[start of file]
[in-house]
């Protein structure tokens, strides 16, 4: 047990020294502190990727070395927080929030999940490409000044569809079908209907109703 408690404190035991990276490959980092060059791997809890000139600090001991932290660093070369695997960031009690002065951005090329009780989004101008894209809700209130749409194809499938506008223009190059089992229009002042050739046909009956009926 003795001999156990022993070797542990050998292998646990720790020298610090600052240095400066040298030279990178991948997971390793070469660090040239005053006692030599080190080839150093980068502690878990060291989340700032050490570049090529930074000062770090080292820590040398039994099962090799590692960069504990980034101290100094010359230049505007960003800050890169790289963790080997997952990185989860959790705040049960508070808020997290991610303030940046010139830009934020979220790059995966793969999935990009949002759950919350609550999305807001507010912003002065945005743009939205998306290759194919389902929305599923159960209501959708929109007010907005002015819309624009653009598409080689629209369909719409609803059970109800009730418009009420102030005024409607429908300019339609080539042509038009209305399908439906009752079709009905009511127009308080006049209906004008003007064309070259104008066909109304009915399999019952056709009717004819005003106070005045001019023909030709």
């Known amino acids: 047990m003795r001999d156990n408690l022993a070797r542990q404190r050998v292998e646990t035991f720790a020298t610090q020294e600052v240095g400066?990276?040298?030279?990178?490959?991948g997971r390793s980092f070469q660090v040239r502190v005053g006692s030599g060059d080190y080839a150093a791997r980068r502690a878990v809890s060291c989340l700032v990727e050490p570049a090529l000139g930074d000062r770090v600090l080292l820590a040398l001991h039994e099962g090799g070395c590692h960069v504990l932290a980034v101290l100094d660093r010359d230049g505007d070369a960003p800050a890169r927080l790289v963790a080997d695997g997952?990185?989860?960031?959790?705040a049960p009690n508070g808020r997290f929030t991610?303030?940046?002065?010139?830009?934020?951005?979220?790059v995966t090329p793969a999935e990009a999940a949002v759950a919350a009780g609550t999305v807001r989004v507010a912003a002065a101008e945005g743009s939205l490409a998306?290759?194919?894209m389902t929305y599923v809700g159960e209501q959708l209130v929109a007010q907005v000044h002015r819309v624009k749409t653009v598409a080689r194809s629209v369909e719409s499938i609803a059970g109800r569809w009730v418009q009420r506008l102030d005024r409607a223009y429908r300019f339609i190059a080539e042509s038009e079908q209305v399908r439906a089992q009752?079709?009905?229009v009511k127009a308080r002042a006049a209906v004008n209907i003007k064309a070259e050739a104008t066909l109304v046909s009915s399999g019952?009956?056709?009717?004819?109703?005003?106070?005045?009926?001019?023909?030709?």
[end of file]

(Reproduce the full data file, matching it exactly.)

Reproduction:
[in-house]
């Protein structure tokens, strides 16, 4: 047990020294502190990727070395927080929030999940490409000044569809079908209907109703 408690404190035991990276490959980092060059791997809890000139600090001991932290660093070369695997960031009690002065951005090329009780989004101008894209809700209130749409194809499938506008223009190059089992229009002042050739046909009956009926 003795001999156990022993070797542990050998292998646990720790020298610090600052240095400066040298030279990178991948997971390793070469660090040239005053006692030599080190080839150093980068502690878990060291989340700032050490570049090529930074000062770090080292820590040398039994099962090799590692960069504990980034101290100094010359230049505007960003800050890169790289963790080997997952990185989860959790705040049960508070808020997290991610303030940046010139830009934020979220790059995966793969999935990009949002759950919350609550999305807001507010912003002065945005743009939205998306290759194919389902929305599923159960209501959708929109007010907005002015819309624009653009598409080689629209369909719409609803059970109800009730418009009420102030005024409607429908300019339609080539042509038009209305399908439906009752079709009905009511127009308080006049209906004008003007064309070259104008066909109304009915399999019952056709009717004819005003106070005045001019023909030709």
């Known amino acids: 047990m003795r001999d156990n408690l022993a070797r542990q404190r050998v292998e646990t035991f720790a020298t610090q020294e600052v240095g400066?990276?040298?030279?990178?490959?991948g997971r390793s980092f070469q660090v040239r502190v005053g006692s030599g060059d080190y080839a150093a791997r980068r502690a878990v809890s060291c989340l700032v990727e050490p570049a090529l000139g930074d000062r770090v600090l080292l820590a040398l001991h039994e099962g090799g070395c590692h960069v504990l932290a980034v101290l100094d660093r010359d230049g505007d070369a960003p800050a890169r927080l790289v963790a080997d695997g997952?990185?989860?960031?959790?705040a049960p009690n508070g808020r997290f929030t991610?303030?940046?002065?010139?830009?934020?951005?979220?790059v995966t090329p793969a999935e990009a999940a949002v759950a919350a009780g609550t999305v807001r989004v507010a912003a002065a101008e945005g743009s939205l490409a998306?290759?194919?894209m389902t929305y599923v809700g159960e209501q959708l209130v929109a007010q907005v000044h002015r819309v624009k749409t653009v598409a080689r194809s629209v369909e719409s499938i609803a059970g109800r569809w009730v418009q009420r506008l102030d005024r409607a223009y429908r300019f339609i190059a080539e042509s038009e079908q209305v399908r439906a089992q009752?079709?009905?229009v009511k127009a308080r002042a006049a209906v004008n209907i003007k064309a070259e050739a104008t066909l109304v046909s009915s399999g019952?009956?056709?009717?004819?109703?005003?106070?005045?009926?001019?023909?030709?």